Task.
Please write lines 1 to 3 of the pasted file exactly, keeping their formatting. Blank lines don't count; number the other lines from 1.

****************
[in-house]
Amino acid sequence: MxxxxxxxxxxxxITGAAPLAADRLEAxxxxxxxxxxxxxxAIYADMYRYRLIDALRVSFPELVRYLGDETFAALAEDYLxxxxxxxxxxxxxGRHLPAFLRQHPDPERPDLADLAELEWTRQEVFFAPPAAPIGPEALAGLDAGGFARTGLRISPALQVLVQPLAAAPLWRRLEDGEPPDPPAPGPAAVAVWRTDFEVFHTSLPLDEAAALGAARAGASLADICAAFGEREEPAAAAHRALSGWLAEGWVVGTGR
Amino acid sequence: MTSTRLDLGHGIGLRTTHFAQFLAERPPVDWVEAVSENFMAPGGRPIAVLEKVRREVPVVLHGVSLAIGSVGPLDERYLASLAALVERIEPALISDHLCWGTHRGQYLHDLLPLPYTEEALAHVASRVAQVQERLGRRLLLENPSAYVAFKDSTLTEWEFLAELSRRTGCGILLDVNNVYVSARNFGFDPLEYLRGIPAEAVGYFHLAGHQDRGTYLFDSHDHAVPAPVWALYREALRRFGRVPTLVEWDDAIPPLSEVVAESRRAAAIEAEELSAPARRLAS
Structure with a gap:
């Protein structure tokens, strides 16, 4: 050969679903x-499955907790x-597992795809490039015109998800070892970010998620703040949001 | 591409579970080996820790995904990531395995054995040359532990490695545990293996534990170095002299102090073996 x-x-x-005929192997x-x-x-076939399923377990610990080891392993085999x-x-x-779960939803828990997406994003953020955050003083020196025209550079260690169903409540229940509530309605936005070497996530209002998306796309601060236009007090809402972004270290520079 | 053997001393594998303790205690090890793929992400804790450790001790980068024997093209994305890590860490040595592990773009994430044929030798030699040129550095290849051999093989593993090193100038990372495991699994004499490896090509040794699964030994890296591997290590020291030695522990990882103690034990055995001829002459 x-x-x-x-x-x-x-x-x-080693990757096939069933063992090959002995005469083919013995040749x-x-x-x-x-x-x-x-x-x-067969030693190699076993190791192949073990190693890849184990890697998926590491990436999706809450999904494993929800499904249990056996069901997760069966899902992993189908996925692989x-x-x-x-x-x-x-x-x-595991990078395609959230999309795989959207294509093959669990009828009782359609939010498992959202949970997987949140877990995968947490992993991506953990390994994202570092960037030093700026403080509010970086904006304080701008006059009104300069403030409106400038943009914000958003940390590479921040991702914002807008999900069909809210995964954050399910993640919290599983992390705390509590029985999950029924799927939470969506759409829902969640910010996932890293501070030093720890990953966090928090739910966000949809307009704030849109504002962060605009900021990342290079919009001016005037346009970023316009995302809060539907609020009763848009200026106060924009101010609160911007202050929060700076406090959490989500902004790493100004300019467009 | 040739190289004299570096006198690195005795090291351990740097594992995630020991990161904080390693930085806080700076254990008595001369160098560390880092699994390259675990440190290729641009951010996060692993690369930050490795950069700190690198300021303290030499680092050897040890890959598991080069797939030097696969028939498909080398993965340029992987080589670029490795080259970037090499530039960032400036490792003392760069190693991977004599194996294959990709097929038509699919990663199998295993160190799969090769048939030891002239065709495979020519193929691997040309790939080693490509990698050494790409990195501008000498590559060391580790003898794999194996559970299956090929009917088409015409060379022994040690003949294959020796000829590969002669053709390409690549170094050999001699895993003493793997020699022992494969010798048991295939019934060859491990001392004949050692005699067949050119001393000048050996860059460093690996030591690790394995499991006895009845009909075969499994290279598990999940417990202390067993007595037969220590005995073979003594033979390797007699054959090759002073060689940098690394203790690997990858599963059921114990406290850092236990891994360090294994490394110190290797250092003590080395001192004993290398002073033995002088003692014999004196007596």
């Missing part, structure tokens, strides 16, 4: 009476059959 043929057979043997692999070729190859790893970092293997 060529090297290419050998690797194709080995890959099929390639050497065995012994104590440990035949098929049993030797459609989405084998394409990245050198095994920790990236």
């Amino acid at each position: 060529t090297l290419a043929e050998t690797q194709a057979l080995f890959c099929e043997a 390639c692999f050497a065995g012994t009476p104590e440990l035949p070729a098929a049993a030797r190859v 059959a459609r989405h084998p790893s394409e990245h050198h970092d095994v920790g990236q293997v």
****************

[in-house]
Amino acid sequence: MxxxxxxxxxxxxITGAAPLAADRLEAxxxxxxxxxxxxxxAIYADMYRYRLIDALRVSFPELVRYLGDETFAALAEDYLxxxxxxxxxxxxxGRHLPAFLRQHPDPERPDLADLAELEWTRQEVFFAPPAAPIGPEALAGLDAGGFARTGLRISPALQVLVQPLAAAPLWRRLEDGEPPDPPAPGPAAVAVWRTDFEVFHTSLPLDEAAALGAARAGASLADICAAFGEREEPAAAAHRALSGWLAEGWVVGTGR
Amino acid sequence: MTSTRLDLGHGIGLRTTHFAQFLAERPPVDWVEAVSENFMAPGGRPIAVLEKVRREVPVVLHGVSLAIGSVGPLDERYLASLAALVERIEPALISDHLCWGTHRGQYLHDLLPLPYTEEALAHVASRVAQVQERLGRRLLLENPSAYVAFKDSTLTEWEFLAELSRRTGCGILLDVNNVYVSARNFGFDPLEYLRGIPAEAVGYFHLAGHQDRGTYLFDSHDHAVPAPVWALYREALRRFGRVPTLVEWDDAIPPLSEVVAESRRAAAIEAEELSAPARRLAS